I’ll just come right out with it. With apologies to Van Morrison, Al Green is my favorite male vocalist, and has been for many, many years. So the prospect of a new Al Green album—his first “secular” album in 27 years after a series of mostly great gospel albums—is nothing less than thrilling. I Can’t Stop finds the Reverend Al reunited with producer Willie Mitchell, who masterminded all of the great soul albums of the early ’70s, and many of the superb Memphis musicians who appeared on those classic recordings. Al even went so far as to book his old studio, record in his old recording booth, and use his old microphone. It’s a clear attempt to recapture the old magic. The obvious question is: Did it work?
The answer is a qualified “Yes.” Al Green is the last of the classic soul singers, and he’s lost nothing stylistically. The title track finds Al doing what he does best: moaning, pleading, crying, whispering, sighing, and soaring off into that exquisite falsetto, all within the space of about 30 seconds. It’s a marvelous song, and ought to be a massive hit. Songs like “Million to One” and “I’ve Been Thinkin’ About You” reprise the classic formula—strutting, swaggering horns colliding with the lushest of string sections, with Al scatting, cajoling, and tossing off revelatory asides and exclamations that communicate nothing if not pure joy. “My Problem Is You” and “Rainin’ In My Heart” are prototypical Al Green ballads, featuring the bluest of blue grooves, wondrously greasy Hammond B3 organ solos, and vocal climaxes that build and build, with Al shouting and testifying for all he’s worth. As Sam Phillips once said of Elvis, this is where the soul of man never dies, and it’s as good as popular music ever gets.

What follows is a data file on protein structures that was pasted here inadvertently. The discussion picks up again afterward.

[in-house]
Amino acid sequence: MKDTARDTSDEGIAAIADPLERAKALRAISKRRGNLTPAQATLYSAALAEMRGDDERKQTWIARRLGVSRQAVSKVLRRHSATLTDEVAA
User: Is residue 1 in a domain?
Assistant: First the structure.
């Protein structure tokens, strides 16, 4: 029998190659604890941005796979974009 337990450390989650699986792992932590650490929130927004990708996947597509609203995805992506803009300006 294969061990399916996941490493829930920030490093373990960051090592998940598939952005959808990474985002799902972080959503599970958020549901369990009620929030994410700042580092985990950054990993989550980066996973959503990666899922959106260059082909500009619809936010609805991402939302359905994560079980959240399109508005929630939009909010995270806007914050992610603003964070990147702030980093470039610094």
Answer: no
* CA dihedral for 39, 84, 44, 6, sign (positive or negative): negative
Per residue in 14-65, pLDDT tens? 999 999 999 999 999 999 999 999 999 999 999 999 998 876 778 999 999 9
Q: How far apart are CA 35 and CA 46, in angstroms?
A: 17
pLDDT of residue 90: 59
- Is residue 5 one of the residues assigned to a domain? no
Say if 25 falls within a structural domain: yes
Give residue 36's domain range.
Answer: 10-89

Unfortunately, there are a few problems. “I’ve Been Waitin’ on You,” which maintains a superb funk groove, is still a note-for-note ripoff of The Temptations’ “I’m Losing You.” Great song, but let’s at least call it by its proper name. More problematic, though, is that Al has lost something in the vocal department, much as it pains me to write that. The falsetto still sounds otherworldly, but the normal register just isn’t what it used to be. Al masks it somewhat by singing with a bevy of backup vocalists, but several songs reveal the depressing effects of time and age. I Can’t Stop is still a good, nearly great, album, and I’ll listen to it frequently. But ultimately, it reminds me of why I love “Tired of Being Alone” and “Still In Love With You” so much. I’m really glad Al can’t stop. But it won’t make me forget when he started, either.